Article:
Joe Biden, for his part, simply tweeted, “It’s not my place or Donald Trump’s place to declare the winner of this election. It’s the voters’ place.”

Alexandria Ocasio-Cortez, US Representative for New York’s 14th congressional district, called Trump’s premature claims of victory “illegitimate, dangerous, and authoritarian,” adding, “Count the votes. Respect the results.”

A PHILOSOPHICAL EU

On the other side of the Atlantic, EU policymakers appeared rather philosophical, focusing on the wider repercussions of the election.

EPP chairman Manfred Weber said, “The deep polarisation of America should be a warning for Europe. We are successful because we bridge differences between countries and peoples, so we benefit together. If we lose the ability to compromise, our democracies are in danger.”

German Greens/EFA member Sven Giegold commented, “The US 2020 elections not only teach us that Europe must become more capable of acting; they also show us the bitter fact that in Western democracies, radical movements against democratic institutions and values ​​can become entrenched.”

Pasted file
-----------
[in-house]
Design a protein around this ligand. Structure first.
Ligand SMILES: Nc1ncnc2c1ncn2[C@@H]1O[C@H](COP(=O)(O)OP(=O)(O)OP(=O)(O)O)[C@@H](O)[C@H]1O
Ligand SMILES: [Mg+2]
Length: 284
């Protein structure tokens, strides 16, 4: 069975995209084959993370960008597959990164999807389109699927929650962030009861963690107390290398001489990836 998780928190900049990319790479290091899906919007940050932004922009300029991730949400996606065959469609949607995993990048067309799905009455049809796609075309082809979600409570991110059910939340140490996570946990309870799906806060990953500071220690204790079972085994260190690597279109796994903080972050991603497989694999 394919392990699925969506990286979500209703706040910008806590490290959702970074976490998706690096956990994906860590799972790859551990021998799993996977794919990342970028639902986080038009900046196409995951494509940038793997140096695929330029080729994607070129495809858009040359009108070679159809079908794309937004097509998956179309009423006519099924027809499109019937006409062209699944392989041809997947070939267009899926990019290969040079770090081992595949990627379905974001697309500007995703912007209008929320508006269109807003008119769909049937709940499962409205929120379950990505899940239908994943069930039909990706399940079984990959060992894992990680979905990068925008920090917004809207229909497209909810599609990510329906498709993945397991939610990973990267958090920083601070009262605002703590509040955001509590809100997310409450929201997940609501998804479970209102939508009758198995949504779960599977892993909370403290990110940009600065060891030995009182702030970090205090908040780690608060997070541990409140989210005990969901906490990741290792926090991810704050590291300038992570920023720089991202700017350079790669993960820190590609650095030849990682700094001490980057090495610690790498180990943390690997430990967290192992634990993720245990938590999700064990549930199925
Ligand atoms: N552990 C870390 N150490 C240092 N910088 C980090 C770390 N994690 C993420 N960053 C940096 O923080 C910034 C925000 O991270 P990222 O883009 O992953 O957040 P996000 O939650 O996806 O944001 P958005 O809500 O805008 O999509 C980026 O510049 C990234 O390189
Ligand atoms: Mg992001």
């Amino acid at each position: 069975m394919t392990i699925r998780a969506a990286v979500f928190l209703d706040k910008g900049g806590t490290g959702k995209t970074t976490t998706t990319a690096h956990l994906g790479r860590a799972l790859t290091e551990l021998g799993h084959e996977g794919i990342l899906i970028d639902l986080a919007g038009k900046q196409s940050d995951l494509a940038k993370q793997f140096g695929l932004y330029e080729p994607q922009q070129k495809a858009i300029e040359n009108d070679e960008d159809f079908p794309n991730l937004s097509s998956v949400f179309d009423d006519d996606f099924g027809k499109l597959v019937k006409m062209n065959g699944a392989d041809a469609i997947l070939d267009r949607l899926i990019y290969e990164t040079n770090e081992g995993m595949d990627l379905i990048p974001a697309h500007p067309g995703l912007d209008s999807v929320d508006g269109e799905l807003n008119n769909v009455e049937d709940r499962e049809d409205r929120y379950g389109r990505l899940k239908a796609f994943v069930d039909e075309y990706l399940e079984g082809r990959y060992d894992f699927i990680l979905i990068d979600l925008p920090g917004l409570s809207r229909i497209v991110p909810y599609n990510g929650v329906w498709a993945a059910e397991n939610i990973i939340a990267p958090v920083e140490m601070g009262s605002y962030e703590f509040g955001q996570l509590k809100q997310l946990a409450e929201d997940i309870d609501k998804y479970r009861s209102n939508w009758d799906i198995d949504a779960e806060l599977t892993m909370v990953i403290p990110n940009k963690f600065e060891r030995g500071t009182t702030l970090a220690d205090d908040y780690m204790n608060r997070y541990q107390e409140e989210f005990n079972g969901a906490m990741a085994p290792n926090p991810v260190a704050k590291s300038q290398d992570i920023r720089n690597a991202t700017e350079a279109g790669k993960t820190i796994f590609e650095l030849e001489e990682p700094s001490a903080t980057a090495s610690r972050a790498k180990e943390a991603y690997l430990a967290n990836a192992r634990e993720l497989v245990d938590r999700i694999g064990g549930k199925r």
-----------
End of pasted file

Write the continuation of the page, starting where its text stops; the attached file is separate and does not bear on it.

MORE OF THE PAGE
Fellow Greens deputy Terry Reintke echoed this, saying, “No matter how this is going to end, one thing is clear: The European Union is needed more than ever in this world to uphold rule of law, human rights and democracy. We have to live up to this expectation - first and foremost by being better ourselves.”

GUE/NGL Group co-president Martin Schirdewan said, “now, what many feared has happened: Trump declares himself the winner ahead of time, before all votes of the American voters have been counted. This is the action of an autocrat who has no respect for democracy.”